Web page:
Experts discover Christopher Columbus anchor with Mallorcan pottery in centuries-old Caribbean shipwreck

The new discovery, off the Turks and Caicos islands, is believed to be linked to Vicente Yanez Pinzon - a Sevillan sailor who was part of the Columbus expeditions

LAST UPDATED: 4 May, 2017 @ 17:31
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Christopher Columbus
Christopher Columbus

ONE of Christopher Columbus’ anchors has been unearthed alongside centuries old Mallorcan pottery in the Caribbean.

The anchor has an estimated weight of between 1,200 and 1,500 pounds, indicating it was a ‘bower’ anchor from a 300-ton vessel, the typical size of a Columbus-era ship.

Broken pottery, an olive jar and pot from Mallorca were also found, which date the wreck to the period between 1492 and the early 1500s.

The discoveries will be revealed in the next episode of the Discovery Channel docuseries Cooper’s Treasure.

“That anchor is from Christopher Columbus,” said historical shipwreck discovery specialist Darrell Miklos, who led the Caribbean expedition, “this is just the beginning of an amazing story.”

Sailor Pinzon
Sailor Pinzon

Miklos used a space treasure map created by his late friend, NASA Astronaut Gordon Cooper, to find a series of Caribbean shipwreck sites.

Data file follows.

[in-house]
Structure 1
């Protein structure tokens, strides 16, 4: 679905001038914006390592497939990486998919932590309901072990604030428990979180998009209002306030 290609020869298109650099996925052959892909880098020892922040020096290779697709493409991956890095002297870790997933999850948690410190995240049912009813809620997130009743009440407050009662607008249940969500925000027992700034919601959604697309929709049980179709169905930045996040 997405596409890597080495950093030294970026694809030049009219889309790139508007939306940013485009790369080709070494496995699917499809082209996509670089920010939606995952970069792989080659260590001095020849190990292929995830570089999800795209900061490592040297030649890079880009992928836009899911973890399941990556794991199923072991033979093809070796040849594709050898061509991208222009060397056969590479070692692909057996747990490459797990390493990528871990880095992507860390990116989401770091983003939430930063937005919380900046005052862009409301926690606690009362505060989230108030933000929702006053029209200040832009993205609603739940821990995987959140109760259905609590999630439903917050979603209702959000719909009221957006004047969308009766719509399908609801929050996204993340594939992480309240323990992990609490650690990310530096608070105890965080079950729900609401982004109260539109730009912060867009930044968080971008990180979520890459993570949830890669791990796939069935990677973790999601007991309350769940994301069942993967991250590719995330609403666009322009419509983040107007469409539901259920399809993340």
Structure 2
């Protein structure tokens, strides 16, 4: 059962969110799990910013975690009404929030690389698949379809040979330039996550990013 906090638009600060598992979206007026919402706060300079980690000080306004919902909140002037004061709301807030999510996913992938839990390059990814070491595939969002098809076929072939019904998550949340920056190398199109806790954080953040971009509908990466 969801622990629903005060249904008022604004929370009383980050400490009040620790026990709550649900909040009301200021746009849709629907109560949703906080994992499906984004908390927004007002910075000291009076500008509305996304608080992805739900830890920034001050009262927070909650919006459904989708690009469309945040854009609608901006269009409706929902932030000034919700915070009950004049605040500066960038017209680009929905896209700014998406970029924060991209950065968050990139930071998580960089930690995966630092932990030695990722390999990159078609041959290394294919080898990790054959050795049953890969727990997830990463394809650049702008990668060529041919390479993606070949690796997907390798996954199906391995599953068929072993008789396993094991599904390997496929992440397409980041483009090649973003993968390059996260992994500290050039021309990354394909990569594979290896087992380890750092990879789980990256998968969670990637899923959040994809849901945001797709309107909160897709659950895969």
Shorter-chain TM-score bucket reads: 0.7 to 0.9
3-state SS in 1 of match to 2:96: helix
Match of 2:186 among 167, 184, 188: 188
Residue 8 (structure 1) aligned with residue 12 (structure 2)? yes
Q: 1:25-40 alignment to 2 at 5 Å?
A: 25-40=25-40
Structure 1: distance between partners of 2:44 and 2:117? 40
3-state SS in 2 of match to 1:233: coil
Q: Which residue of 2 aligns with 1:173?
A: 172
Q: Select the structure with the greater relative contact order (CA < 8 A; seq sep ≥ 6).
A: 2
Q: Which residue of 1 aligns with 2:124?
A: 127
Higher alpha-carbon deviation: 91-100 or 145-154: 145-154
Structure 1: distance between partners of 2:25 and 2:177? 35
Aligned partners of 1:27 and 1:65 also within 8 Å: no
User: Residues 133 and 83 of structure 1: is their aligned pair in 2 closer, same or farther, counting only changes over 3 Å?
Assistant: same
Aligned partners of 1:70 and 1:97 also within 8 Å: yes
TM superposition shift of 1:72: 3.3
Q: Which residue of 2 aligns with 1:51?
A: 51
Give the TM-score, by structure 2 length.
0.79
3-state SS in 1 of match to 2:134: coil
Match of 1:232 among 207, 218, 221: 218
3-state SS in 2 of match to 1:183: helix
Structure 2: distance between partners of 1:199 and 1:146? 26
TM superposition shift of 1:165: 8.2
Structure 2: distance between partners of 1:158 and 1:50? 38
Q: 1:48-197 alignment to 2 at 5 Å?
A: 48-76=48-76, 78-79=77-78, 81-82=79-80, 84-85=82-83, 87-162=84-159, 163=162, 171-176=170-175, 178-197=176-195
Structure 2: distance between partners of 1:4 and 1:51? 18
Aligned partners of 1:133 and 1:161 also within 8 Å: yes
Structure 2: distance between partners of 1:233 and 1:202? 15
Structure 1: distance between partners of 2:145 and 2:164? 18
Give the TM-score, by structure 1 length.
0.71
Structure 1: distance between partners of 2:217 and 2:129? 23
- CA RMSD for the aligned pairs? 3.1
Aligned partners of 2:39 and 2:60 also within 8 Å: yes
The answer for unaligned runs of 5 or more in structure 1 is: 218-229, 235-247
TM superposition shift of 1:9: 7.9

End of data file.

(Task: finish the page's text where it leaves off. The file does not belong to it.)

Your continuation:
The new discovery, off the Turks and Caicos islands, is believed to be linked to Vicente Yanez Pinzon – a Sevillan sailor who was part of the Columbus expeditions.

Vicente was captain of the Nina on Columbus’ first voyage in 1492.

In 1499 and 1500 Vicente Pinzon discovered Brazil and the Amazon River.

The centuries-old anchor
The centuries-old anchor

In July of 1500, Vicente Pinzon’s fleet was caught in a hurricane while anchored near the Turks and Caicos islands and two of his ships were wrecked.

It is believed the find could be one of these ships.

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  1. Since the anchor is so heavy, the chances are that it really hasn’t moved since it originally sank. Even the local currents would not be able to do that, albeit for a few inches. Thus, it’s a great marker of the location of the lost fleet when that occurred back then. A good stepping “stone” to find more relevant items, and rewriting some historical knowledge of ships’ traffic in those times. Can’t wait to hear of more artifacts…

  2. Very excited to see what else comes from this discovery. I’ve been hooked on the show since the first episode. It’s interesting that the maps are there, the historical knowledge of the wreck sits is there, but no one had discovered this yet. The most interesting part is the grappling hooks. How successful were these sailors at recovering their goods with a hook? Does anyone think a large portion of the treasure could have already been recovered?

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